Vancouver Art Gallery

Family Fuse Weekend

Date and Venue November 21 & 22, 2009 from 10am to 5pm| Vancouver Art Gallery 750 Hornby Street, Vancouver

Reviewer Nila Gopaul

It wasn't clear who enjoyed Family Fuse Weekend more – the parents or the children. What was evident was that one day spent touring through the theme of Green World wasn't enough: there was just so much to see and do. Green World was the second Family Fuse Weekend to be hosted by the Vancouver Art Gallery; the first of its nature was The City back in June.

Green World really did turn itself over to families. Kids followed comedian Riel Hahn around the gallery floor for a "funny and fantastical" tour of Expanding Horizons. Ms. Hahn asked them questions about paintings that the kids had to really think about, and the group was intrigued. There wasn't a peep until it was their turn to talk. Adolescents sketched Scott McFarland's landscape photography while adults peeked around the corner to get a load of a very unique piece choreography. The 605 Collective was made up of three dancers, Josh Martin, the director, Tiffany Tregarthen and Dave Raymond, whose movements were are response to Scott McFarland's depiction of nature.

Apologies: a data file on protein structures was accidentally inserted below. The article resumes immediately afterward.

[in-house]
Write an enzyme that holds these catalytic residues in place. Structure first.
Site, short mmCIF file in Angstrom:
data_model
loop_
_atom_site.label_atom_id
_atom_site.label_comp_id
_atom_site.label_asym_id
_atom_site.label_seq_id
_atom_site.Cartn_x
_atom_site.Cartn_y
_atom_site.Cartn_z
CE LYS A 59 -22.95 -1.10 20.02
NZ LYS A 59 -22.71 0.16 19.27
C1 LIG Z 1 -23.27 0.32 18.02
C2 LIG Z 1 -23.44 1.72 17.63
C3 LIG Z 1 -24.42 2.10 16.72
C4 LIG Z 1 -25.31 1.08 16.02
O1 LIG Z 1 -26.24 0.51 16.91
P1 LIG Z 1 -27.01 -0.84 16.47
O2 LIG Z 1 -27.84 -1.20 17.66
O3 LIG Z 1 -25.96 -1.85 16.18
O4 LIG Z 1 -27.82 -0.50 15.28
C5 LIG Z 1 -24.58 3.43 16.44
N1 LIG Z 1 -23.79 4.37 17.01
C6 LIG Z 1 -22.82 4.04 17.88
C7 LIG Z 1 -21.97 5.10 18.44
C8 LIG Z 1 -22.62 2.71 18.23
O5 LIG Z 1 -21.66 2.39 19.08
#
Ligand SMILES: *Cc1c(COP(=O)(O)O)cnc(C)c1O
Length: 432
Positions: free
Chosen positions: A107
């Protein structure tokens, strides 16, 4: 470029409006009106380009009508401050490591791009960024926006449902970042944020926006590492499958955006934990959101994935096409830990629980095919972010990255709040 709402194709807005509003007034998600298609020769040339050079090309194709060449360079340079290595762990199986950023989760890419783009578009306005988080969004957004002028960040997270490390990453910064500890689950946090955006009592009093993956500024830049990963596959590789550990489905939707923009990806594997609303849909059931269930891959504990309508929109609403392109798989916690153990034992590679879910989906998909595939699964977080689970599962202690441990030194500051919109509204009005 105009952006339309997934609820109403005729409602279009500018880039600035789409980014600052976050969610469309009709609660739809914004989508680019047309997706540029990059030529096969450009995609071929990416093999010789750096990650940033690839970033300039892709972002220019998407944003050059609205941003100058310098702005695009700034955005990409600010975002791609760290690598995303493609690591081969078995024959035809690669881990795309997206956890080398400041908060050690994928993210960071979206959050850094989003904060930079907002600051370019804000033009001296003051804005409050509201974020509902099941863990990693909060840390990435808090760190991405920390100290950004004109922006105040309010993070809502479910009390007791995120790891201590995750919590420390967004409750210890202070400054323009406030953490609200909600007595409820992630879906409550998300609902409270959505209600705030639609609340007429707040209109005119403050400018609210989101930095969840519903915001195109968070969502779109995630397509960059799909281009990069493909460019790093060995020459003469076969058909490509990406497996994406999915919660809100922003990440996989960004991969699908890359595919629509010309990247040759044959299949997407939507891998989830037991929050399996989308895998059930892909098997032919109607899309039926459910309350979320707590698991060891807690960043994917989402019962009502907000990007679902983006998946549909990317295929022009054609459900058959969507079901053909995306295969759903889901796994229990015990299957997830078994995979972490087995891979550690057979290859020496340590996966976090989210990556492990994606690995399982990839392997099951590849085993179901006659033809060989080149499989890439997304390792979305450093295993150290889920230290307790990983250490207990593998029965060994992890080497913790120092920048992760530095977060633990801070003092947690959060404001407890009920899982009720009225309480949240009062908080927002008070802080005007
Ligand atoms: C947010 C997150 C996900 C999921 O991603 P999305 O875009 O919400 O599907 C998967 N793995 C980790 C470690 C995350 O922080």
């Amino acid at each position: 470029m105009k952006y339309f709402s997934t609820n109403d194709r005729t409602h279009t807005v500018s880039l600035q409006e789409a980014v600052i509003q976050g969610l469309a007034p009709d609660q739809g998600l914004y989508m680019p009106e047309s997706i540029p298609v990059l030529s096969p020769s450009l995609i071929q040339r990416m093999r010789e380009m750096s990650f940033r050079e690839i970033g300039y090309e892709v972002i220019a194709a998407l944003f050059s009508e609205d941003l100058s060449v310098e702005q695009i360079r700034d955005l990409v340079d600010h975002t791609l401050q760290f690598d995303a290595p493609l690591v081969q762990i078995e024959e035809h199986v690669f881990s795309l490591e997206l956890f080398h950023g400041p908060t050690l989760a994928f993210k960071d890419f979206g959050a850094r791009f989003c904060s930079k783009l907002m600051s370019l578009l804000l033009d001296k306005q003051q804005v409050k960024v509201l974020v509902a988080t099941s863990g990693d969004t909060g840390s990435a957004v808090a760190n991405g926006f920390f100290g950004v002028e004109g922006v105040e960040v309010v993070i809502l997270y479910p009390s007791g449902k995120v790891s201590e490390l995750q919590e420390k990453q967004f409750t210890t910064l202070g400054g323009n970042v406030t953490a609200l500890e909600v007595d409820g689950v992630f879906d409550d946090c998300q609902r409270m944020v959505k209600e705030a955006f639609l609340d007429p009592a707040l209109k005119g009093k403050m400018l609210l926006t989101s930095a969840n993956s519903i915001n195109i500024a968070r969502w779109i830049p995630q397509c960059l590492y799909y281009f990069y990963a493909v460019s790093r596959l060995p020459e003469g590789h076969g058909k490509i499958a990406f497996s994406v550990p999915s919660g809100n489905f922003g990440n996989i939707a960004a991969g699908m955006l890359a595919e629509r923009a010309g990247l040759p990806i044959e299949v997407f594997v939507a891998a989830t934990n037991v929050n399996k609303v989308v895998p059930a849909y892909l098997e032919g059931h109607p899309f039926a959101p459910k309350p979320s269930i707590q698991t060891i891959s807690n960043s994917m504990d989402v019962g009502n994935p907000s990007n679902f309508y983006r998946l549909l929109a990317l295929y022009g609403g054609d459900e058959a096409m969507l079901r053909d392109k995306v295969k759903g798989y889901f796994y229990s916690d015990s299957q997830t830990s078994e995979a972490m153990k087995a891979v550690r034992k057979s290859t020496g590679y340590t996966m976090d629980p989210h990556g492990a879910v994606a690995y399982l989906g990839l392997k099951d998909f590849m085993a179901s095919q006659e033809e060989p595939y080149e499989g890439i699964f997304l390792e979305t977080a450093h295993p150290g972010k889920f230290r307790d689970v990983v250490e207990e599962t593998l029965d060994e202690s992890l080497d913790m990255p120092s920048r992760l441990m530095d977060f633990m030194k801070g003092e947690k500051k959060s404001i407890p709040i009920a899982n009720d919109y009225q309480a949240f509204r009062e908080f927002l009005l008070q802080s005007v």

Haida Gwaii singers performed while young children formed a line and joined in a shark dance. Renowned Haida drummers and singers Reg Davidson, Robert Davidson, and Terri-Lynn Williams-Davidson sang ancient songs and children circled and jumped up to the beat. The Ear Room: A Sonic Laboratory was completely booked all day. There, youngsters could create and record soundtracks to the film they watched.

Two favorites were the Magical Shadow Forest and the Fantastical Forest of Paint and Possibilities, said one mother and her 5-year-old daughter. Simple materials built an imaginative wilderness: tongue depressors for trunks, fabric, bamboo, coloured paper, and tape. In the Forest, more fathers than mothers laboured with their children to create the most amazing forest in the room. Equally engaging were the shadow puppets. One would think to ask where the stencils were because of the innovative pieces that kept creeping up as shadows of the walls. Green World Films provided two sofas for adults and piles of cushions for the young ones, where kid-friendly shorts were screened. And for the parents who were pooped, there was the Family Fuse Chill Out Lounge ... for time out.

It wasn't long ago when families had to wait a month for the Vancouver Art Gallery to put on a family event. Now, there are smaller weekly family programs every Saturday for 5 to 12-year-olds and their families. And, they are a hit too. Director and Curator of Education and Public Programs Heidi Reitamaier is the brain child behind these family affairs. Check your local paper for weekly events at the Vancouver Art Gallery and stay tuned for the third Family Fusion Weekend in March. Inside Out will be the theme, and it promises again to be "one of the biggest kid-oriented art events in the country."

© 2009 Nila Gopaul